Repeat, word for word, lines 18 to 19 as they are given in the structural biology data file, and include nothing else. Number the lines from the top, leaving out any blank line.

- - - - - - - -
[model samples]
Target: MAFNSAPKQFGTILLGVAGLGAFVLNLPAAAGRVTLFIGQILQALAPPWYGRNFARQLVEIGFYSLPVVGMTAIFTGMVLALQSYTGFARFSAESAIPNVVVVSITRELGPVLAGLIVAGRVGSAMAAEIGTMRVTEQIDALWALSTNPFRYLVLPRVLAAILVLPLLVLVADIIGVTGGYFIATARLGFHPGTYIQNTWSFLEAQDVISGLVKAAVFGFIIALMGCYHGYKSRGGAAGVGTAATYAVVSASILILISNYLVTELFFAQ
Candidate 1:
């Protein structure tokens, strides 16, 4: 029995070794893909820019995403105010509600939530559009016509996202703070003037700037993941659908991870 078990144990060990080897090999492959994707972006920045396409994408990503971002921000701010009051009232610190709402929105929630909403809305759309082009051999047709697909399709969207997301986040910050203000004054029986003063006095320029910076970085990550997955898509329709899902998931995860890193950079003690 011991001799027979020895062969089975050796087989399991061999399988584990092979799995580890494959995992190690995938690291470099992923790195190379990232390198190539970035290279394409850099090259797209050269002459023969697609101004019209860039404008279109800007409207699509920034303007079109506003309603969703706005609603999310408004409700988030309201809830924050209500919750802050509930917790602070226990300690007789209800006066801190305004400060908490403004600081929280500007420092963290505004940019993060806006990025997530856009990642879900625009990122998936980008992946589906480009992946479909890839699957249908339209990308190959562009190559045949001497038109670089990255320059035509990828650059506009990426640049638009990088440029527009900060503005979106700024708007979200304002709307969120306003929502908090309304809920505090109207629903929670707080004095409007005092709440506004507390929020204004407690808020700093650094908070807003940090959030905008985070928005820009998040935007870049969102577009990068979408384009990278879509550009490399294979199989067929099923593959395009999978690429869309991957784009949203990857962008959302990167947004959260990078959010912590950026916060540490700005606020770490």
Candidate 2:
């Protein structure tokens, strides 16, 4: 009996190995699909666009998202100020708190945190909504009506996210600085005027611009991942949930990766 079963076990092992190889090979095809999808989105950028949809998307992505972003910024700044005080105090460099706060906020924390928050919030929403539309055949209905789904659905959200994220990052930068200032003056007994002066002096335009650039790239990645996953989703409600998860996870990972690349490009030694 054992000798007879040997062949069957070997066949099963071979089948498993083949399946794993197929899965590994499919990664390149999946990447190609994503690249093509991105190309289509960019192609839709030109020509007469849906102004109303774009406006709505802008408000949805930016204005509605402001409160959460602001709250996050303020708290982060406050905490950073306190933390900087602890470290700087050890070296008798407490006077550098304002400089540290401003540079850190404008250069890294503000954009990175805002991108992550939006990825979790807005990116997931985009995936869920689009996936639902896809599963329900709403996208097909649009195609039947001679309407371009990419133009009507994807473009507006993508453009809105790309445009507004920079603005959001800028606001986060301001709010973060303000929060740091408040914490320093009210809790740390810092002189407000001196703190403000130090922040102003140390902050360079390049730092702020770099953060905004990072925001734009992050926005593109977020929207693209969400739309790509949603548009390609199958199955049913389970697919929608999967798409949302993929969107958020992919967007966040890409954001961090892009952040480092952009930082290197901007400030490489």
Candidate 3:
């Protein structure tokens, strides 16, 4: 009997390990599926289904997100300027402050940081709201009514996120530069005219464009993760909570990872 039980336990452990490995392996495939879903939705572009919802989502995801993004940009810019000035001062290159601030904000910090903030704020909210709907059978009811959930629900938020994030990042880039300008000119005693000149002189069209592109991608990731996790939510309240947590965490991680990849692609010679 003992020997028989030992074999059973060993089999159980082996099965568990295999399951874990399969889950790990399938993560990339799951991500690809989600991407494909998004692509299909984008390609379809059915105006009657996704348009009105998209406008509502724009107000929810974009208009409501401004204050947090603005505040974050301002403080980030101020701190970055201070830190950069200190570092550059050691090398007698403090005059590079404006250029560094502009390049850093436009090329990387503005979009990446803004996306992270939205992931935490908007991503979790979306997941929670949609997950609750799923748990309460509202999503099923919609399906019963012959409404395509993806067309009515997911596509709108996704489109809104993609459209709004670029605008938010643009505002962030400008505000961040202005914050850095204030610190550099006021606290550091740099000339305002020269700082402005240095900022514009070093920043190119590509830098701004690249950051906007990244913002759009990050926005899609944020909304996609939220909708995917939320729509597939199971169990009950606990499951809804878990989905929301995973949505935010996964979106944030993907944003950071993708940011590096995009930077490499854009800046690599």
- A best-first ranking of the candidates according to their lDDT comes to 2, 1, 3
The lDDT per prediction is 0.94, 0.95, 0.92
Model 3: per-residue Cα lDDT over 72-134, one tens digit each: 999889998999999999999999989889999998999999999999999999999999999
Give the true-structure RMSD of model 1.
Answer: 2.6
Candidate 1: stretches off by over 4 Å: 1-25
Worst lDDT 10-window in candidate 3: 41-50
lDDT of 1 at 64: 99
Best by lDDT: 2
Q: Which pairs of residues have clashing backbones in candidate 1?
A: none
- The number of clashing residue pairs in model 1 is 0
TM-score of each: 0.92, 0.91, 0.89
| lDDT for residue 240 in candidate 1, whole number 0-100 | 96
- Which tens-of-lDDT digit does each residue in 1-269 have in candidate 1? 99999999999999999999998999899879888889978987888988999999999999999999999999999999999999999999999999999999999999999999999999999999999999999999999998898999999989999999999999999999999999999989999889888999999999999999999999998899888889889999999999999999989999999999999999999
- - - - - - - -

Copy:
Q: Which pairs of residues have clashing backbones in candidate 1?
A: none